ATHENS, Ga. -- Georgia offense took a giant step forward in 2017 and if how things have gone early in camp are any indication, the Bulldogs could do it again this season.

Simply put, the offensive side of the ball was a huge question mark for UGA in 2016, Kirby Smart's first season as the head coach. Just about every facet of the game gave the team trouble. At times the Bulldogs couldn't get anyone blocked. The receivers had trouble getting open and when they did, catching the football was no given and neither was an on-target pass.

That wasn't the issue in 2017. UGA had one of the nation's most potent rushing attacks and efficient passing games and averaged over 35 points per game en route to an SEC Championship and the College Football Playoff.

But even without veteran standouts Nick Chubb, Sony Michel, and Isaiah Wynn, the Bulldogs are off to an excellent start when it comes to preparations for a new campaign.

"I would definitely say we're ahead," junior tight end Charlie Woerner said. "We had a really good summer in learning the offense and our player-led practices. I think our summer was very productive. A bunch of those young guys learned the playbook already. Going into camp now, you kind of start over on camp day one, learning everything new. I think it's been going really well."

When Woerner talks about " young guys," he means plenty of them. Two four-star prospects joined the Bulldogs this summer at his position alone -- Luke Ford and John FitzPatrick. Both stand out amongst the tight ends because both are 6-foot-6 or taller. FitzPatrick had a standout showing in Georgia's open practice on Saturday with a few impressive catches and Ford already looks the part of an SEC veteran at the position.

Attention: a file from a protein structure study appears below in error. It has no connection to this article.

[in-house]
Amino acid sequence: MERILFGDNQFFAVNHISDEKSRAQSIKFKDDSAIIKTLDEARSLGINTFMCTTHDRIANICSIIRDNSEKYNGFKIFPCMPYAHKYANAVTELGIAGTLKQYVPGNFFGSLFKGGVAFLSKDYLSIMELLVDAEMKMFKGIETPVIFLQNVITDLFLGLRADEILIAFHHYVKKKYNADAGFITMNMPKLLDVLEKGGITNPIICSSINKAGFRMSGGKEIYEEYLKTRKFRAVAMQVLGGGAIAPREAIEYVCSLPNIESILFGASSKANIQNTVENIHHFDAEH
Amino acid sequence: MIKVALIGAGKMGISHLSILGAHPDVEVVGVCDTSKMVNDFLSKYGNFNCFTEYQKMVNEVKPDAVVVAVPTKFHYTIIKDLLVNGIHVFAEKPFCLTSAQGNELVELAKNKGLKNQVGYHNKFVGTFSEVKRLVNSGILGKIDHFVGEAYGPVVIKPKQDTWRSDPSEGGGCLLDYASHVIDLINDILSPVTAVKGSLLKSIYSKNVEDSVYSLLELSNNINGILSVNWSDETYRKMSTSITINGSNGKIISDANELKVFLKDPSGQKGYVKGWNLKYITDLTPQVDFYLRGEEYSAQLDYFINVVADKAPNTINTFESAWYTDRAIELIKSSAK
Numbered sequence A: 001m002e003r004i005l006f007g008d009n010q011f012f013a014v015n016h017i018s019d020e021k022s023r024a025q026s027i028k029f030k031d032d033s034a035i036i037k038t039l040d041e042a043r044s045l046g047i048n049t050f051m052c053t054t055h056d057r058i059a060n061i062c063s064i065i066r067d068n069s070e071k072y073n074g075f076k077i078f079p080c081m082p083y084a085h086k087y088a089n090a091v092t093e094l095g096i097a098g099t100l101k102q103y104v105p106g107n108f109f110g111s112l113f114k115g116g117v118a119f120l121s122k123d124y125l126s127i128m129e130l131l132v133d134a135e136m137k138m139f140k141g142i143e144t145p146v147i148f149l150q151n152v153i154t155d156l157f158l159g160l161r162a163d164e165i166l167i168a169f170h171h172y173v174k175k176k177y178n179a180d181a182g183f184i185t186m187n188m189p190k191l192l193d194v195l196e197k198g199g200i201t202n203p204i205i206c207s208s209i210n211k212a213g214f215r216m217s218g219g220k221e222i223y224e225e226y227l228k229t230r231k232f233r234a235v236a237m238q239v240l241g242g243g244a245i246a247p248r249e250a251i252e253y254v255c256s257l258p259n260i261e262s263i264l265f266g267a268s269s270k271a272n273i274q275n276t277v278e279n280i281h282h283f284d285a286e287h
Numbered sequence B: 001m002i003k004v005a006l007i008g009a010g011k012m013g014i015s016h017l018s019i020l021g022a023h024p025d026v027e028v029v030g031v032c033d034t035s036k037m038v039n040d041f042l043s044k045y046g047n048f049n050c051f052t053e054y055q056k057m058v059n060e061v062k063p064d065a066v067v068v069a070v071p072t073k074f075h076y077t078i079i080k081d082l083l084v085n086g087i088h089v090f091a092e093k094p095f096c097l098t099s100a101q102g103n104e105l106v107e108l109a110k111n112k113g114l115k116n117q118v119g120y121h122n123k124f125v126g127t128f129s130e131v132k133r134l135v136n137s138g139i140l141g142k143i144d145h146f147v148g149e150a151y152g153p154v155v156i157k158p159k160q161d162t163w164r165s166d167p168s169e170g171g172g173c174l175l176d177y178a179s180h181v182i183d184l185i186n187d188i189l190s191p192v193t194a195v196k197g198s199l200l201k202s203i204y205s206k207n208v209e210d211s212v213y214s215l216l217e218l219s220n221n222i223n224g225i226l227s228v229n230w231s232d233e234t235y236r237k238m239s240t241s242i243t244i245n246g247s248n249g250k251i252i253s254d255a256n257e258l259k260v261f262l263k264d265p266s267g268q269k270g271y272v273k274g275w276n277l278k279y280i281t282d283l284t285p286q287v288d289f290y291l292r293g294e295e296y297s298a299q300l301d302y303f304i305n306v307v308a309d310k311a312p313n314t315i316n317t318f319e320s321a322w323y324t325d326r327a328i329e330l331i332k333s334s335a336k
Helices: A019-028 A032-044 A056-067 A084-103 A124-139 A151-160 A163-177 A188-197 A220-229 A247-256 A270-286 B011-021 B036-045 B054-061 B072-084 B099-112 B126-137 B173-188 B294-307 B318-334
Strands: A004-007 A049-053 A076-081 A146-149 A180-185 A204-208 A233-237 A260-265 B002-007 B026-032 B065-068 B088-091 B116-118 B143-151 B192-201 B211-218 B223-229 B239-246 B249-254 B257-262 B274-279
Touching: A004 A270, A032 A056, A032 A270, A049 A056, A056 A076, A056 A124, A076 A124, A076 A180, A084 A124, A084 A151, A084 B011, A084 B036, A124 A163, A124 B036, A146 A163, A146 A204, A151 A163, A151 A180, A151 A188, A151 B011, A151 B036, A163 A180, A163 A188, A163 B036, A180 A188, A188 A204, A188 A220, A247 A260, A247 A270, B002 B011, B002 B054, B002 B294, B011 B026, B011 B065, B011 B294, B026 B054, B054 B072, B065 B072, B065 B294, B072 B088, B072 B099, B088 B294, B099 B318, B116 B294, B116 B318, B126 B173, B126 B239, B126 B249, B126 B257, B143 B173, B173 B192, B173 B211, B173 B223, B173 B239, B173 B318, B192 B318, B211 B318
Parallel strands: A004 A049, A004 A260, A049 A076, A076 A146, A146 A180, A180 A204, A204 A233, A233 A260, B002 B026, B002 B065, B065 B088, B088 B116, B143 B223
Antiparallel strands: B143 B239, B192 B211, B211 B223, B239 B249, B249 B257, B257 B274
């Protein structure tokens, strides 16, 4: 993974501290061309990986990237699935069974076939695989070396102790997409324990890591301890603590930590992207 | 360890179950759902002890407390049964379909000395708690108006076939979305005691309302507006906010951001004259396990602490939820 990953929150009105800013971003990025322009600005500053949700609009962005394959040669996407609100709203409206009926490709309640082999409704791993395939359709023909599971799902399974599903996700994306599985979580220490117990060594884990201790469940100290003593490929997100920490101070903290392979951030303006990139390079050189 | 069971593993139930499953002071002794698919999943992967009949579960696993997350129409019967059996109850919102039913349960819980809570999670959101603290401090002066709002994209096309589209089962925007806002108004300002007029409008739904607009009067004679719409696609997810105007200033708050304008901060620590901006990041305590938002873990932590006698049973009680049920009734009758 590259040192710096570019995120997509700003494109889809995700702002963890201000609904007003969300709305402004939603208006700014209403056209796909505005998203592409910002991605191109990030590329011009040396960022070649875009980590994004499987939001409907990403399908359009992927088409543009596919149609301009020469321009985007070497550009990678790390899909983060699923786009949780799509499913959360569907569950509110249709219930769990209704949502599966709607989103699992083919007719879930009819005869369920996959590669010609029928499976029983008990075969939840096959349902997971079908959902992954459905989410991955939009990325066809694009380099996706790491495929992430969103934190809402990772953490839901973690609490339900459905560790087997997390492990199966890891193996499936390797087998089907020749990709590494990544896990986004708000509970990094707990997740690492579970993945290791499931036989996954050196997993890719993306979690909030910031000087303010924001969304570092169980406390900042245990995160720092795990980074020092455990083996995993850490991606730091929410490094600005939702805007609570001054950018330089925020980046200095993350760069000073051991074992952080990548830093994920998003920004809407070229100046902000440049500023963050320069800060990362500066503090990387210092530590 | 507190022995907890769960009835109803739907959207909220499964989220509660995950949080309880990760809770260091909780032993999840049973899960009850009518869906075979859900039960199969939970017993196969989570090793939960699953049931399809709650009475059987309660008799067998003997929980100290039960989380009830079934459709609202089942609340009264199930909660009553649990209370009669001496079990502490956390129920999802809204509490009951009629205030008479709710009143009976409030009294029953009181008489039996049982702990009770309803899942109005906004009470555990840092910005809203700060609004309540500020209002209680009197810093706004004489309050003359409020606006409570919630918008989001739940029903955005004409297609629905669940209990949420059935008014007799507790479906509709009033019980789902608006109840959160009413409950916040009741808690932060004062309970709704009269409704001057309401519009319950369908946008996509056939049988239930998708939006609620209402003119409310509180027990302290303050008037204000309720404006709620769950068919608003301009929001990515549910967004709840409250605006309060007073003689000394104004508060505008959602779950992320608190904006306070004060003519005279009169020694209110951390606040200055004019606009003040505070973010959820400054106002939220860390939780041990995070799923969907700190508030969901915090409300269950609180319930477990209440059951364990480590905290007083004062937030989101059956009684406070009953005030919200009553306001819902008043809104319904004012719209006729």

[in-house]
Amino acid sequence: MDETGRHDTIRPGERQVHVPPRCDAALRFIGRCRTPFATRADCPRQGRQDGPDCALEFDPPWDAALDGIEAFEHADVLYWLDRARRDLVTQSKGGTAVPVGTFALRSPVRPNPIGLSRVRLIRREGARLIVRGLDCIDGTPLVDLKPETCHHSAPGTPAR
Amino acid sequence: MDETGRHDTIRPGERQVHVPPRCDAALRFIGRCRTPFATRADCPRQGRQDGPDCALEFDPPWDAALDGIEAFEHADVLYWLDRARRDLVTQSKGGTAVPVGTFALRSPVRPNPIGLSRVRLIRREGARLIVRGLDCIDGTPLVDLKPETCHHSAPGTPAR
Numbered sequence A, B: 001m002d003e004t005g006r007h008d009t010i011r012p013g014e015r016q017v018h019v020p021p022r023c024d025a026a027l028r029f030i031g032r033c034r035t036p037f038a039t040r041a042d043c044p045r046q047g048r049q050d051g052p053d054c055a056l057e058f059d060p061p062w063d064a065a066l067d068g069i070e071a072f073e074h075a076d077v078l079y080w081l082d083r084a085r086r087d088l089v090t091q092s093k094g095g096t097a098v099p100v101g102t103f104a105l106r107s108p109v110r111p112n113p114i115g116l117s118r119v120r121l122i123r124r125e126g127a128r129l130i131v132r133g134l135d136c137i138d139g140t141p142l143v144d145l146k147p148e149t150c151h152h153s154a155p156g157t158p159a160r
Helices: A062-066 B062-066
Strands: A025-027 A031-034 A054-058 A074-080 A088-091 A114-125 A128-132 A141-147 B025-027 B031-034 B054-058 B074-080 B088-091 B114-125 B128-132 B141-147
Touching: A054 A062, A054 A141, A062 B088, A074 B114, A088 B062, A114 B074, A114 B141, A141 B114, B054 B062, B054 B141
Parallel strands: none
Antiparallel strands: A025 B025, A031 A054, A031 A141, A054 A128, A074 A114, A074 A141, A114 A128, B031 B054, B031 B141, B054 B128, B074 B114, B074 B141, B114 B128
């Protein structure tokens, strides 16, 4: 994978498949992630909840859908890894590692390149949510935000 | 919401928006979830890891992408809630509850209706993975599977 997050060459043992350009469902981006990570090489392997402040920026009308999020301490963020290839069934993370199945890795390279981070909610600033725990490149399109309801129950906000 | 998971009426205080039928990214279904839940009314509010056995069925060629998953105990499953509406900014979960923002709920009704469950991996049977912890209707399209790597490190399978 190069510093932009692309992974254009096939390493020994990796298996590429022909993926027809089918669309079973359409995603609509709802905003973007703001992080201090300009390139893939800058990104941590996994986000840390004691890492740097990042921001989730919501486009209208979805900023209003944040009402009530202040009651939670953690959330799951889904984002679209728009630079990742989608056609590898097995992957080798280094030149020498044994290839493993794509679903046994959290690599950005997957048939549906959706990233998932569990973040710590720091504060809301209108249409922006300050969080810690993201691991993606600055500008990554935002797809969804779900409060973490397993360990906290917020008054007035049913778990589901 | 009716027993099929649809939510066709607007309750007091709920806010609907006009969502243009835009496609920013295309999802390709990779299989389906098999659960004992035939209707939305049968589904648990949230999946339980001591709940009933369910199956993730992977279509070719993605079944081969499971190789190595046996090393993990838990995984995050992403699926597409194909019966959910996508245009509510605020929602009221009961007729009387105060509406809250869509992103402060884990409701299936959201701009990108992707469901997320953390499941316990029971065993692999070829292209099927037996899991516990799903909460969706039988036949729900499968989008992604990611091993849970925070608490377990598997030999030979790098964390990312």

The Bulldogs also welcomed a pair of offensive linemen over the summer (Owen Condon and Jamaree Salyer), a speedy wideout (Tommy Bush), and a running back who is already turning heads in James Cook. Because of the level of veteran leadership on that side of the ball, each of those players was able to get a significant jump on learning what to do and where to be.

That has resulted in better timing, communication, and smoother operation in general when it comes to moving the ball down the field. But the players aren't the only ones who deserve credit. Due to the fact that Smart doesn't want his team resting on its laurels and believe it's entitled to success because of last year's accomplishments, the UGA coaches and the current culture within the team have had quite the impact.

"They're pushing us much harder this year," senior slot receiver Ahkil Crumpton said. "We're really jumping into it. We started early in the summer. Right now, everybody is on the same plain and we're just trying to get better and better each day."